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My baby just won't go to sleep and I feel like I'm going mad

(23 Posts)
Petcat Fri 11-Oct-13 00:01:23

I have been trying to put my 21 week old DD to bed for the last 6 hours. She just can't seem to go to sleep. This has been going on for a month now and I am feeling almost psychotic with the stress caused by lack of sleep. She takes hours and hours to settle to sleep in the evening and once she eventually goes off she will never sleep longer than an hour before waking and needing hours to be settled again.

I have tried breastfeeding her to sleep, rocking, shushing, patting, white noise, swaddling, co-sleeping, I've even resorted to walking away in the desperate hope she'd settle herself. She just gets more and more tired and cries and cries but won't fall asleep. I spend every evening in a dark room, listening to white noise for hours on end, crying while I hold my sobbing baby. The only place she will ever drop off is lying on my chest.

We have a 45 minute bedtime routine of bath and/or massage, bf and lullabies in a dark room with white noise from a dream sheep. I've moved this routine earlier and earlier in the day in the hope of tackling her over-tiredness. In the day she will only nap in the sling or the car seat in a moving car.

I have had so little sleep I feel like I am falling to pieces. I have no family or friends anywhere nearby and my partner won't help out at all overnight. If anyone can tell me why she is impossible to settle or suggest something I haven't tried I would be grateful. I'm willing to try pretty much anything. I don't agree with CIO and feel she's too young for it anyway but am getting absolutely desperate.

Graceparkhill Fri 11-Oct-13 00:12:56

It is a very long time since my two were babies but I can remember the sheer torture of sleep deprivation.
You seem to have tried everything so some random thoughts from me:
Have you tried a dummy?
Would the baby take a bottle from your DH to give you a break?
Have you spoken to your health visitor?
Can you sleep when the baby is sleeping?
Hopefully someone will be along soon with more modern advice.!

WhitePeacock Fri 11-Oct-13 00:21:36

You poor thing, sleep deprivation is horrendous. Your partner really does need to help a bit - early in the morning for a solid chunk of hours, say? - so that you can get some predictable sleep and you know when your brain and body can go offline, at least once in every 24 hours.

Have you been to the GP to check for any health issues? Is she refluxy/silent refluxy, so hates being laid down? (My dd was like this, though not to the extent of yours - also would only nap in the sling, argh! She had silent reflux, so I had to push a bit to get the GP to prescribe, but baby gaviscon helped no end. These days she sleeps a nice predictable 10 hours at night but it took a long time of feeling like my face was melting - and lots of hot rage that I felt SO guilty about - before this golden era dawned.) It WILL pass one day but you need some support and to feel like you're doing something proactive now. Try your HV if you get on well with her?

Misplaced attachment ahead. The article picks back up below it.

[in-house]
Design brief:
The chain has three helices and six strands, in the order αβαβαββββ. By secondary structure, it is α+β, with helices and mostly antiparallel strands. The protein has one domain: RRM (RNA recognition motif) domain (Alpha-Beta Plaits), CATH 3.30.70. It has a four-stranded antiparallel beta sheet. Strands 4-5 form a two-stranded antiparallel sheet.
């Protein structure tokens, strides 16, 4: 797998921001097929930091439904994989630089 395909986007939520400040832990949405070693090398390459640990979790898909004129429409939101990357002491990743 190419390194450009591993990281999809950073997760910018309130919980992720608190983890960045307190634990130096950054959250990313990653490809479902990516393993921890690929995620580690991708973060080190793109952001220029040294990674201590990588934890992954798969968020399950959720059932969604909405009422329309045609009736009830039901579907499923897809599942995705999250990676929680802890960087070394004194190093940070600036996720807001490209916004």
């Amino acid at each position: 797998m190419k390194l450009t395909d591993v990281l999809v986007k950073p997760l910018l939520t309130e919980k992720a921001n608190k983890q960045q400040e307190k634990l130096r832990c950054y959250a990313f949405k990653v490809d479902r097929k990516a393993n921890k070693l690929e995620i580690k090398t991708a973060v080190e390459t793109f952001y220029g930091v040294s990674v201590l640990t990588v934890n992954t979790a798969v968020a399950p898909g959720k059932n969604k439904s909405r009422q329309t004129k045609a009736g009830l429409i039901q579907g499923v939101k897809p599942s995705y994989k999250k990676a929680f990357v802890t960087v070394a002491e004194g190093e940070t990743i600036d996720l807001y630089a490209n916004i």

Petcat Fri 11-Oct-13 00:27:27

Thank you Grace. Unfortunately she is a bottle and dummy refuser. I have sometimes fallen asleep when she's been propped on my chest and absolutely terrified myself because I am well aware of the risks of SIDS and suffocation.

I had not thought to ask my HV for advice, so I will take DD down the drop-in clinic next week.

Petcat Fri 11-Oct-13 00:35:20

She does have reflux, treated by ranitidine. She used to vomit lots but it has been under control for a while now so I'm not sure if it's contributing to her sleep problems. When her reflux was at its worst, between 6 and 13 weeks, she was actually a fairly good sleeper and could manage 4-5 hour stretches. She also used to bf to sleep but that doesn't work any more!

My partner is currently snoring away in the next room. He is really nor helping at all and our relationship is ruined because of it. I sometimes think he regrets DD ever being born sad

I appreciate your replies, the long sleepless night is such a lonely place.

MrsApplepants Fri 11-Oct-13 00:47:56

Nothing useful to say, as you seem to have tried everything, just wanted to say hang in there, this phase WILL pass x

WhitePeacock Fri 11-Oct-13 00:53:30

That's really rubbish about your partner. If he isn't helping at all, his presence must be fricking infuriating - somebody who could help take the strain, but just won't! How is communication with him generally? Would it be possible to make a bit of time to talk, avoiding the tiredness competition game, and explain that you're about to get really ill and need him to step up? And encourage him to talk about his feelings about dd too? Adjusting to parenthood is really huge and hard and it can feel very tempting to just turn your back on it - especially (I imagine) for the gender which isn't hormonally-programmed to respond at the first whimper! (I certainly did at least one stropping-out-of-the-house-to-start-a-new-life without my wallet in the early weeks. Tiredness can really ramp up the rage.

Otoh, if there's no talking that can be done and no help to be had, he might just be more trouble than he's worth. Does he pull daytime weight?

WhitePeacock Fri 11-Oct-13 00:59:13